Since the "LTCM crisis" of 1998 and the start of the meltdown of global stock markets in March 2000, central banks around the world geared up their money printing machines to postpone a systemic collapse. Within two years, starting in January 2001, Federal Reserve chairman Alan Greenspan pushed down short-term interest rates from 6.0% to 1.0%, with European central banks following. And while Fed governor Ben S. Bernanke repeatedly refers to the use of "helicopter money" as the next possible escalation, the Bank of Japan, with its zero-interest-rate regime, tries to assure the markets every day that it can print money even faster than its U.S. or European counterparts.
As a result, we are witnessing the biggest explosion in consumer and mortgage debt in history. The average American household's debt grew by 11% in the last year, for example, while its wage income grew by only 1.6%. The generation of trillions of dollars in new debt every year-about $2 trillions in the U.S. economy alone-helped to build up new bubbles which now pose an even larger threat to the financial system and the world economy, than the "new economy" stock market hype a few years ago.
In the center of these new bubbles is the global housing boom. Representing a combined financial asset value of roughly $50 trillion in the OECD countries-for the moment holding up a private debt mountain of similar dimensions-the housing market certainly has the potential to bring down the whole system. And everybody knows it might happen soon.
Following an unmistakable warning in the Bank for International Settlements (BIS) quarterly review for March 2004, on the systemic threat posed by global housing markets, a series of alarming statements on the same matter have been issued by financial officials and experts in Britain. On March 17, economics editor Pam Woodall of London's *Economist* magazine appeared at a conference organized by the Investment Property Databank, and declared that the global housing boom is teetering on the edge of a crash. "House prices look seriously overvalued in Australia, Ireland, Netherlands, Spain, the UKand U.S., and will fall by at least 20% in many economies over the next four years."
This time, Woodall emphasized, it wouldn't require large interest rate hikes, as in the late 1980s, to trigger a sharp fall in house prices. This is because the ratio of house prices to average income is now at record highs in the United States, Australia, and Britain. America in particular has just seen the biggest housing boom in its history, but "the U.S. has very little fiscal or monetary ammunition left to support its economy if house prices collapse. If the U.S. falls, it would be the first global property bust in history."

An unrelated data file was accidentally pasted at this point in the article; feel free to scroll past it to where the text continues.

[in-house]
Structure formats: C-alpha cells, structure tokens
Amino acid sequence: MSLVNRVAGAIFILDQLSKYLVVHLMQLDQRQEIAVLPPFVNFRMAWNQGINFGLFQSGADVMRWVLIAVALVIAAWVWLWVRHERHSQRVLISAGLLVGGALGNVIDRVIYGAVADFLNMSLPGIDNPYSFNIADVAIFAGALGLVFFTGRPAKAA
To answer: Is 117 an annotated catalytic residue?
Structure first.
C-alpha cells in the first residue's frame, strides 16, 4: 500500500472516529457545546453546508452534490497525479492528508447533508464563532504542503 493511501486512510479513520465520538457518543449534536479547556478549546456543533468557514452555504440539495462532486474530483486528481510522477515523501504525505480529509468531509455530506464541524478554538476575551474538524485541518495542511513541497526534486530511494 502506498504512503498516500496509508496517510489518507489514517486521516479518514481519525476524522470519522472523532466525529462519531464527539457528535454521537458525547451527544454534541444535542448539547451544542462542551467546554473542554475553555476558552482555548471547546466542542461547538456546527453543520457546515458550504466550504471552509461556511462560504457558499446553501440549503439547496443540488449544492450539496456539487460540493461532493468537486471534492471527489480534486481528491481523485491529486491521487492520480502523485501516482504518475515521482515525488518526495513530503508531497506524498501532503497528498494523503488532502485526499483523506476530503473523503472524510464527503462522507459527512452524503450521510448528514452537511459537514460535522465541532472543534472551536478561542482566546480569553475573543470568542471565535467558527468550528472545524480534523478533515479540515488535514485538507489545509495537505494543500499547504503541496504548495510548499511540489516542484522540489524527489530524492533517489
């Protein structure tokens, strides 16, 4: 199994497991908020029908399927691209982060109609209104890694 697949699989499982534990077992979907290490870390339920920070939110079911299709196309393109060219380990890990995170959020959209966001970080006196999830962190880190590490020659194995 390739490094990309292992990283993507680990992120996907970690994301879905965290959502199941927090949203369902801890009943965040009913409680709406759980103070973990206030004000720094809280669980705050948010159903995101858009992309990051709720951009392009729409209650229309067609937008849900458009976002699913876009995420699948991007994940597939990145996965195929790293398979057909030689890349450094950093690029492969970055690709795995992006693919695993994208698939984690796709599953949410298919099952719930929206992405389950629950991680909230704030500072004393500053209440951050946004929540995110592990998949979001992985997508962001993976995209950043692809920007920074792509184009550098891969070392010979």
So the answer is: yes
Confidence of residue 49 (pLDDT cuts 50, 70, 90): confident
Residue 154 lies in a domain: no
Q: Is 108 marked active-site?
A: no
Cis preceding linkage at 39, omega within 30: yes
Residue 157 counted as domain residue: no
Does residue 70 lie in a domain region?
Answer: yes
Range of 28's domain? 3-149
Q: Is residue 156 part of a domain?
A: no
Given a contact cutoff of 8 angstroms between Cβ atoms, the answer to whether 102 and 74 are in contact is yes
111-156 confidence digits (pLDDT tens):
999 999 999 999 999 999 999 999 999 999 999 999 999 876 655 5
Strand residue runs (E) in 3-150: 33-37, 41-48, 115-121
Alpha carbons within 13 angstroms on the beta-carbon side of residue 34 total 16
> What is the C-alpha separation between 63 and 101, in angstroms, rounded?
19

The “Economist” ran a March 13 feature headlined "Homing In on Trouble-Sell, Sell, Sell," emphasizing that "house prices are at record levels in relation to average income in America, Australia, Britain, Ireland, the Netherlands, and Spain." The prices of British, Irish and Dutch homes, relative to incomes, are now 50% above their 30-year average, according to the * Economist* survey, while property is thus overvalued "by 23% in America, by 33% in Australia, and by 68% in Spain."
The Bank of England (BoE) is ringing the alarm bells as well. In its latest Quarterly Bulletin, BoE economist Olaf Weeken warns that British housing prices have risen too much since 1995 to remain at current levels. The average house price was about 25 times income from rental property in 2003.
That's up from less than 15 in 1995, and far above the average of about 18 over the last 37 years. It's "a situation that in the past has often been followed by periods in which real house prices have fallen," stated Tucker.
He added that British house prices increased 15% last year and 25% the year before: "There is little doubt that such rates of increase are unsustainable."
Fannie/Freddie Fiascos Debated
Once the global housing boom runs into trouble, we will not just see trillions of dollars of financial asset value disappearing-though that would suffice to bankrupt millions of private households, which have expanded their mortgage and consumer debts rapidly since 2000 in the belief in ever-rising house prices. It could also sink some of the world's largest banking institutions, followed by a domino-like collapse of smaller banks.
The two U.S. mortgage-finance giants, known as Fannie Mae and Freddie Mac, are of particular concern in this respect. Multi-trillion-dollar-asset institutions known as government-sponsored enterprises (GSEs), with only a few tens of billions in core capital, they are in fact not explicitly government-sponsored. They buy up most of the U.S. mortgage debt from banks, keep some of these obligations on their books, and sell the larger part in the form of traditional bonds or asset-backed securities to investors around the globe. To "hedge" against sudden shifts in interest rates, which could lead to enormous losses on their holdings, Fannie and Freddie furthermore have become top players in the worldwide casino of financial derivatives contracts.
A debate has erupted in the United States about the "systemic risk" posed by the high concentration of the mortgage-debt balloon, and related derivatives bets, at these two mortgage-financing entities. The question has been raised whether the government should explicitly renounce any public guarantee for Fannie and Freddie's debt operations; the neo-conservative American Enterprise Institute, claiming Fed Chairman Alan Greenspan's support, has even called for a full privatization. The reasoning is that the widespread assumption of a public bail-out of the GSEs in the case of default is the primary cause of the incredible rise of their obligations; remove this cause, and the systemic threats just go away. Unfortunately, this isn't going to work, because for Fannie's and Freddie's problems, it's "too late to correct."